by Concetta Tahir
I first moved into the Richmond high rise thirty years ago. I lived on the 15th floor; I had never lived up that high before. I didn’t want to live there. It was a very rough environment. Concrete, hard, racist, cold. I felt my personal space was threatened, being in the lift so close to all sorts of people. The state of my health at the time compounded all these issues and more. I did manage to get a letter about the state of my health and how living in such an environment would not be a positive thing, to put it mildly. Plus I had a baby. The Ministry of Housing ignored the letter and me saying to them that I couldn’t cope living in such an environment. Too much concrete; I need trees, grass and flowers. The estate needs greenery badly. It felt very, very unhealthy.
The first I knew about the Community Gardens project was when the first of the two community gardens on the Richmond Estate Highett Street block, was when workmen were fencing the site. I thought at the time, like anyone would, that something was about to happen. Next I recall a gathering of residents. I cannot unfortunately remember the exact date. I did not know about the plan for a community garden on the estate as at the time I was isolated. I did not get involved. I found mixing with people very challenging because of my state of health. The Community Gardens were undoubtedly a breath of fresh air. A very positive move. I wanted a garden too. If only I had got involved.
The Community Gardens in public housing estates as far as I know have been a joint venture between Cultivating Community, City of Yarra and the Department of Housing. One of the main philosophies of Cultivating Communities is that through the Community Gardens they can promote healthy eating. Studies conducted over a long period of time concluded that the obesity problem was more of a problem in lower income areas. Studies done not by Cultivating Communities but by health professionals in the City of Yarra, Richmond, Fitzroy, Collingwood particularly show that there is a very high incidence of type 2 diabetes. One of the main reasons for this being our American fast food western lifestyle. I myself did not fully realise how serious diabetes really is until I completed two diabetes information sessions which each of the complete sessions lasted six weeks. So as you can imagine the Community Gardens are very important in what they promote.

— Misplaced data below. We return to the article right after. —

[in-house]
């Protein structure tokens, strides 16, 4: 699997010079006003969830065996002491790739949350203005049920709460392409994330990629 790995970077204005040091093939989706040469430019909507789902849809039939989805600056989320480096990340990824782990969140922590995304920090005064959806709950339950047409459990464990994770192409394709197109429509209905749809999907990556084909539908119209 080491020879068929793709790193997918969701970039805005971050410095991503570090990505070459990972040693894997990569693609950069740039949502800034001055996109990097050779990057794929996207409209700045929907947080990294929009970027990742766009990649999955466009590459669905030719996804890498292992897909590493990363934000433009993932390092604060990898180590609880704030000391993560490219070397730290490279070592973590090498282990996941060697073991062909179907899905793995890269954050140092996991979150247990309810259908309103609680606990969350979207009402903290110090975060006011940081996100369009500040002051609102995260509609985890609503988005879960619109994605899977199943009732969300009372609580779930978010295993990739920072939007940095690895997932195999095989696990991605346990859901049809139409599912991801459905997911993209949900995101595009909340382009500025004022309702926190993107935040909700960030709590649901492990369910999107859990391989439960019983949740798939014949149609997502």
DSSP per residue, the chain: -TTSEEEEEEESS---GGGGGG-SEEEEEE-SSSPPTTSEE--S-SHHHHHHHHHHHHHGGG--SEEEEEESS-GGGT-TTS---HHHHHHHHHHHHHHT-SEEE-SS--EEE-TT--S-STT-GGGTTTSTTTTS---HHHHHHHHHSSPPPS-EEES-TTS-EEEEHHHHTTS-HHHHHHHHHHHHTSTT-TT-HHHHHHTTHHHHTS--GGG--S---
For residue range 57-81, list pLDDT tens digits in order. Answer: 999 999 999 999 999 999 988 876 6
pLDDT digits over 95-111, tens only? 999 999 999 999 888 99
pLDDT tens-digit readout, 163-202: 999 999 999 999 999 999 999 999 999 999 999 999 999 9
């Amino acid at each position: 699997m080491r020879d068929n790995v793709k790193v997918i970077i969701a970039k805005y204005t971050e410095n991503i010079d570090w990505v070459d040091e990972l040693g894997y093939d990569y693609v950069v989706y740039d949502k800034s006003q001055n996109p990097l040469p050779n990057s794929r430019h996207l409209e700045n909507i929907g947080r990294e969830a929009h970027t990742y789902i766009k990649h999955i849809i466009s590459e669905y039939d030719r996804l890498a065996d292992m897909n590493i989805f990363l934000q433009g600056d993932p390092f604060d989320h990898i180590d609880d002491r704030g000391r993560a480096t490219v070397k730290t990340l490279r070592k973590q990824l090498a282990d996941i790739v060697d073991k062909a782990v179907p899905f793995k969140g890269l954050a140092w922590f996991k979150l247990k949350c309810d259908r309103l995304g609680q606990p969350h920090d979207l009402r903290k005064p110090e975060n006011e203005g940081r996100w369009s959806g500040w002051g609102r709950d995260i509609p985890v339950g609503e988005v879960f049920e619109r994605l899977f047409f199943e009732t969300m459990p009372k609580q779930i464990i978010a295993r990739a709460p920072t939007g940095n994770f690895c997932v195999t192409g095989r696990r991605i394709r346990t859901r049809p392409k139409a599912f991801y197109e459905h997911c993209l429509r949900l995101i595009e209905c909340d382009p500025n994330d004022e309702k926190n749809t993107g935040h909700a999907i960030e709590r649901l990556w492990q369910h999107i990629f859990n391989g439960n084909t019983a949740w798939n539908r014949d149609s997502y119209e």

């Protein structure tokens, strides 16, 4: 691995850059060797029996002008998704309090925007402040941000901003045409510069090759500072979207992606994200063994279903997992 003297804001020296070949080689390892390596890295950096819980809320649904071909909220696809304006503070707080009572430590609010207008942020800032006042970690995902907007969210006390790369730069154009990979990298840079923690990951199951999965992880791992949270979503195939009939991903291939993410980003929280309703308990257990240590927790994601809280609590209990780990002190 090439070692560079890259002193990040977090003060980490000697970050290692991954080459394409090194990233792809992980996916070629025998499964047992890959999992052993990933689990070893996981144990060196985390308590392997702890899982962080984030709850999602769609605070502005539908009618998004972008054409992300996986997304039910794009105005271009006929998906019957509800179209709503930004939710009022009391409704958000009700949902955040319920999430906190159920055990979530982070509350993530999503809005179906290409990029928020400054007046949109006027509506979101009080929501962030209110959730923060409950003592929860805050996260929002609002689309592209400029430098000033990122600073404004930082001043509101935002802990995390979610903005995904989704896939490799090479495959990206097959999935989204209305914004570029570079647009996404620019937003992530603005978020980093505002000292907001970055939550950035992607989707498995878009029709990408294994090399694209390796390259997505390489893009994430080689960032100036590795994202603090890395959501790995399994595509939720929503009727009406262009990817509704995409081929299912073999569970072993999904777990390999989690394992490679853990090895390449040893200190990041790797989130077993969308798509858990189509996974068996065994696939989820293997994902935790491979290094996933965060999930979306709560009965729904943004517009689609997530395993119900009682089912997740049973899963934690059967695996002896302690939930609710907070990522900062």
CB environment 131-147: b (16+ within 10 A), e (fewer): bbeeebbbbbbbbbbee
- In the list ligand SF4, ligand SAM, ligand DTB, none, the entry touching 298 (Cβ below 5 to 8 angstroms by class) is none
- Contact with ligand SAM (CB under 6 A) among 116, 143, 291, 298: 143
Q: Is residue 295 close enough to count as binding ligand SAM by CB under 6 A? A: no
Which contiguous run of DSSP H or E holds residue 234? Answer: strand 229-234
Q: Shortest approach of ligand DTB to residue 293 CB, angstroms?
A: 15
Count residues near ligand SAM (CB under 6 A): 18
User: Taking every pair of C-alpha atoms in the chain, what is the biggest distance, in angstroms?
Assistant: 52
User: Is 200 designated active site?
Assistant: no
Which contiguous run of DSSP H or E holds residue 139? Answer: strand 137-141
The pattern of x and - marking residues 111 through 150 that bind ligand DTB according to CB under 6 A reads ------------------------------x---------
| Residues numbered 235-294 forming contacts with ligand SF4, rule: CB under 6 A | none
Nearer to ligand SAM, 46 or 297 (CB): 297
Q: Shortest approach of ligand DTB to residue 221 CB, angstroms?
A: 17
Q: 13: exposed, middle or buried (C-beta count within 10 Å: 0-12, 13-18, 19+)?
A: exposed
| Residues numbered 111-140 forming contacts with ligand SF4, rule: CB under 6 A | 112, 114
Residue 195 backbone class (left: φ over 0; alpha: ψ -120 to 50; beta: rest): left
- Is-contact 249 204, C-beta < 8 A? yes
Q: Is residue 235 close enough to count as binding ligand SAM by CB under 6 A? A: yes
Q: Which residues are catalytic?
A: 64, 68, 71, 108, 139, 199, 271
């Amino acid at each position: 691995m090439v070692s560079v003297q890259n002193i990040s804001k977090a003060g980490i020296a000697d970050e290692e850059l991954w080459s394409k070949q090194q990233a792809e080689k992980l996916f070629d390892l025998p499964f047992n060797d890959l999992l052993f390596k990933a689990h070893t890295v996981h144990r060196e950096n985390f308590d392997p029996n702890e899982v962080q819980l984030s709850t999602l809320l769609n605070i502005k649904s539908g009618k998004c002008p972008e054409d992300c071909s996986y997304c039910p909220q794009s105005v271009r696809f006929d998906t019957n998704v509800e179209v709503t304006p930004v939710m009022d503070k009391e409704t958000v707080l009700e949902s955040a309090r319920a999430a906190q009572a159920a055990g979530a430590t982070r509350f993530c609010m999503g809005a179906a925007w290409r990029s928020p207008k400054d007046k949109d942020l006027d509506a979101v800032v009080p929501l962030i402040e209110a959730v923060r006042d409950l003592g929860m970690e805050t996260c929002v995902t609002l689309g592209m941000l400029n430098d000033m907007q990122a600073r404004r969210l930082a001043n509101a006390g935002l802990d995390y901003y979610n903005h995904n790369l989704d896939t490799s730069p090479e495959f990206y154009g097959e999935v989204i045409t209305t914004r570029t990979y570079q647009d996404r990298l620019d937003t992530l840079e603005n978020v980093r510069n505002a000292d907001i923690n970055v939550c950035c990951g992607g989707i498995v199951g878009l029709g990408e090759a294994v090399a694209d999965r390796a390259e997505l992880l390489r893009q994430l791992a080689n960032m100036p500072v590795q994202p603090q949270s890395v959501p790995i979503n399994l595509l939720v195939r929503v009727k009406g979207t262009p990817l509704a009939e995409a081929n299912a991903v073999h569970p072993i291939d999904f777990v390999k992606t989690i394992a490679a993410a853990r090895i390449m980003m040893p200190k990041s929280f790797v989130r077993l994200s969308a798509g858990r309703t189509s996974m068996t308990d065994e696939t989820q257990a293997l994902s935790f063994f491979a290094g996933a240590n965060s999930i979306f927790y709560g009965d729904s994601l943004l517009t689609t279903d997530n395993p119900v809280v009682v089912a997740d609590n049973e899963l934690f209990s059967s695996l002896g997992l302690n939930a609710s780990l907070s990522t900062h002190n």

The Community Gardens in my opinion promote good health and well being. A gathering place for the gardeners. We exchange information about the plants and recipes in a non-threatening environment. From my experience there are not too many negative things one could say about the Community Gardens. The Highett Street Gardens on the Richmond Estate has recently been renovated.
The styrofoam boxes have gone. It has a chicken house. They also have a pizza and bread oven.
My plot number at the Lennox Street Garden is number 17. I’ve been involved with the Community Gardens for roughly 10 years. I can access the garden at any time but to water my plants with tap water I can only go on Wednesdays and Sundays before 8am in the morning and after 8pm in the evening. At the moment I’m growing silverbeet, potatoes, celery, parsley, chives and mint. But not as much silverbeet as in previous years. I consider myself lucky to have this opportunity and I’m very happy to be a part of the community garden. Although I couldn’t see any advantages of living in the high rise when I first moved in, it does have its advantages .There have been lots of improvements on the estate. As far as health and colour goes the community gardens are the major plusses.@4 years ago with 1 note